As a human being, mother, grandmother, Feng Shui practitioner, etc., I find myself often frustrated when I can see things in someone’s environment that may be contributing to various problems, but the person is unaware of the power of Feng Shui and is resistant to advice.
Feng Shui is a practice of awareness and people are attracted to it based on their own level of awareness. If I suggest a Feng Shui cure to someone who is unaware of the power of Feng Shui, they usually just slough the suggestion off and the problem continues until they eventually change something in their environment through trial and error.
Resistant people in my environment are very challenging for me, personally, because I can see how life would be improved with particular adjustments, but I am powerless to assist those who do not request or want assistance.
It is common knowledge at this point that some of the easiest and most powerful Feng Shui cures have to do with removing clutter on a regular basis and keeping things clean. Dust is a big chi stopper and can contribute to illness and the feeling of being stuck in particular situations.
In Black Hat Tibetan Feng Shui tradition, the front door signifies the mouth of chi, and if located in the center of the home, affects career . . . a door that sticks contributes to a career that is stuck . . . I frequently encounter people who are complaining about various career challenges, and if the front door has an obvious problem, I might mention it . . . it is amazing to me that such advice is often ignored and the problems continue . . . my personal work is to remind myself that everyone is on their own path, at their own pace, and that my advice is not wanted or needed unless specifically requested. This is a huge piece of work for me because I don’t like to see people suffer needlessly.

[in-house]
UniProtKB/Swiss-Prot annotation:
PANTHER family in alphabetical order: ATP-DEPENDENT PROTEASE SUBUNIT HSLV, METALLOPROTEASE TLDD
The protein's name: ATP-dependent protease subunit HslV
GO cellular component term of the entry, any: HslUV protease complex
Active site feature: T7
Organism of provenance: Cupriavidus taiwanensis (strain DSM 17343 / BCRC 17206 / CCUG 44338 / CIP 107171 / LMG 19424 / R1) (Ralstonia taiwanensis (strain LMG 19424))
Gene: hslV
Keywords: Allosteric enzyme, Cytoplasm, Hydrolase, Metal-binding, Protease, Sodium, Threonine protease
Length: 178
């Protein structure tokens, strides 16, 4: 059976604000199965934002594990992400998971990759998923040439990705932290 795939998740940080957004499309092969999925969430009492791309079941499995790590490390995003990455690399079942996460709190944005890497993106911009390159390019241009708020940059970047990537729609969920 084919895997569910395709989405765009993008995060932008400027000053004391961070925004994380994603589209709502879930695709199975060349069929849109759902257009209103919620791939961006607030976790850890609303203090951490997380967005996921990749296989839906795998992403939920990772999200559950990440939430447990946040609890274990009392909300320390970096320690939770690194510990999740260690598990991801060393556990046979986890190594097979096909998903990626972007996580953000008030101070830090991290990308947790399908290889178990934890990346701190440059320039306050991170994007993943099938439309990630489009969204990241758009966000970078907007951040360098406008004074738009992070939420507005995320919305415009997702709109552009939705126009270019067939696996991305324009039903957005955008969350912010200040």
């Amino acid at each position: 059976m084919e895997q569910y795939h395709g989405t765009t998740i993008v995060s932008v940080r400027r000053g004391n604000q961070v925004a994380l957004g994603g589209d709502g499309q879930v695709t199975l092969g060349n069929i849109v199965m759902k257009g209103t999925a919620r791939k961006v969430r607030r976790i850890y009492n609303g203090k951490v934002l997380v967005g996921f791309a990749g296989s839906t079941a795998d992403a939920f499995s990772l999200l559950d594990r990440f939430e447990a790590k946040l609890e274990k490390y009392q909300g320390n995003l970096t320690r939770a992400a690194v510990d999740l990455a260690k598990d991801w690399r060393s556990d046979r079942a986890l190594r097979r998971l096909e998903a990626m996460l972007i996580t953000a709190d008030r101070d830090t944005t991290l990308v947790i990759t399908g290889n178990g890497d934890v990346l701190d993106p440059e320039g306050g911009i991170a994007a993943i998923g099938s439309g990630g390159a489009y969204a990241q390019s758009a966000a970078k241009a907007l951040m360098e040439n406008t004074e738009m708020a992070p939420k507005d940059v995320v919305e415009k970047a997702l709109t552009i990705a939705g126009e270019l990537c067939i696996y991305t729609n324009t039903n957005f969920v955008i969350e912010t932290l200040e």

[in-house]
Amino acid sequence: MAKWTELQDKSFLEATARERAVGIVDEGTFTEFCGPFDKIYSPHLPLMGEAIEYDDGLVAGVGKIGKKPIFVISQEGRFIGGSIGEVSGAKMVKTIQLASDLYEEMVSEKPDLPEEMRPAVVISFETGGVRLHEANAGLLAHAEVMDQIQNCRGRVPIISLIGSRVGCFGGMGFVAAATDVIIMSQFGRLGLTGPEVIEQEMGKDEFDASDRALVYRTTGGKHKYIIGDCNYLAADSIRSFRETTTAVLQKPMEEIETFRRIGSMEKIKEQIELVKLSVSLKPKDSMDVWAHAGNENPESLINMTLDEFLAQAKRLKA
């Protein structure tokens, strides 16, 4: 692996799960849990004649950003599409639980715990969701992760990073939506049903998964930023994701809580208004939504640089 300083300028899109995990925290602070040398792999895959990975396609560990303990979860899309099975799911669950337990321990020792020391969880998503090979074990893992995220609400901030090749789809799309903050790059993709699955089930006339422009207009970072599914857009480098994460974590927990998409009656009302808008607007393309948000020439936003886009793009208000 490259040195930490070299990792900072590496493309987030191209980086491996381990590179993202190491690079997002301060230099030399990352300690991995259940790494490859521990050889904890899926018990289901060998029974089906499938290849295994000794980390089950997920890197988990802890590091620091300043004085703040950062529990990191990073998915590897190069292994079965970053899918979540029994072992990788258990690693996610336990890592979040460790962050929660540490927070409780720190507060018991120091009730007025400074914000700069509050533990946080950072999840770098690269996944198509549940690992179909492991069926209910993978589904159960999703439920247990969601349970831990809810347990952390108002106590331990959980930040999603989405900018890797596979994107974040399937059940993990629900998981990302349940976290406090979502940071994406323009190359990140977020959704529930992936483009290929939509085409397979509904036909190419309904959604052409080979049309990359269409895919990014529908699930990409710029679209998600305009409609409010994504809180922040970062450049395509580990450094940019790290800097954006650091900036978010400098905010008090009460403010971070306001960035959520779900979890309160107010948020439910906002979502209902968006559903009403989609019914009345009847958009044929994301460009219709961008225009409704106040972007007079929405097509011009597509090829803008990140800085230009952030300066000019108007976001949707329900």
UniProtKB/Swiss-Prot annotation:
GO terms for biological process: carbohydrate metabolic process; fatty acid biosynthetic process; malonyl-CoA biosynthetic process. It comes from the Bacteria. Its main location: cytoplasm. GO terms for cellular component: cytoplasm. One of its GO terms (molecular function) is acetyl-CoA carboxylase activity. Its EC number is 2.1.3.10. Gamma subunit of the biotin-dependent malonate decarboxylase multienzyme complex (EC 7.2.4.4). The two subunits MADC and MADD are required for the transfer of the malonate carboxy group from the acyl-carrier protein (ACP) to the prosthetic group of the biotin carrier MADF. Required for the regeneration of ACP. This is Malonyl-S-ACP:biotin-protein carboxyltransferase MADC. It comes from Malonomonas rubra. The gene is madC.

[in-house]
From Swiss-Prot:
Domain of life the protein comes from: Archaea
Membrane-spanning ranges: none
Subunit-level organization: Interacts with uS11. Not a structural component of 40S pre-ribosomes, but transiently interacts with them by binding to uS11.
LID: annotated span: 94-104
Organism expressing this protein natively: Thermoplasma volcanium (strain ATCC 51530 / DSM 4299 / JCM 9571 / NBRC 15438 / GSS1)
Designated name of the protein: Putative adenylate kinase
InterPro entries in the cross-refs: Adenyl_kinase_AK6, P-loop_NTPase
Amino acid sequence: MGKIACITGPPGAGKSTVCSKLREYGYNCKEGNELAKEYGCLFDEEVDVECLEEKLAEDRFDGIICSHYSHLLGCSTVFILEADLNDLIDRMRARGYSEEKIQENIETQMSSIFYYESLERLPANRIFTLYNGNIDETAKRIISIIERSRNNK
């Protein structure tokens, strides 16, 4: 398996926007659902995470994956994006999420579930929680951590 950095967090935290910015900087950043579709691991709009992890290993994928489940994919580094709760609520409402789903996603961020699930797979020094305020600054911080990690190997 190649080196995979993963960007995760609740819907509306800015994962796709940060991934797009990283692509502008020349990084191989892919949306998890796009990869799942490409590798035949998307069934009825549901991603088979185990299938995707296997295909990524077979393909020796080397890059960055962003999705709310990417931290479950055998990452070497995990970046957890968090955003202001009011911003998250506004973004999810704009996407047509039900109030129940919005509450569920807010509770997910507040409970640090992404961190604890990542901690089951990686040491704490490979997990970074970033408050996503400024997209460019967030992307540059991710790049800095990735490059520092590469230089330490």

Another problem I frequently see is the misuse of paint in a home. Color has profound impact on mood and behavior and even the Western science of color is well documented, but I find that people are often resistant to advice on this matter, as well.
For instance, a red bedroom is asking for trouble . . . and too much red paint, in general, will contribute to an atmosphere of argument and general aggression. Color theory suggests that soothing colors result in harmonious living . . . and the people who need this advice most are the most resistant to receiving it. It is quite ironic.
When someone complains to me about persistent problems and simple solutions have been suggested and routinely ignored, it is maddening.
There are so many subjects that could be taught at home and in school that would actually help people lead harmonious lives. In ancient times, tribes taught basic skills and truths from day one – there was not the time or space for personal discovery. I wish, as a collective, we could revamp society to prioritize harmonious living practices.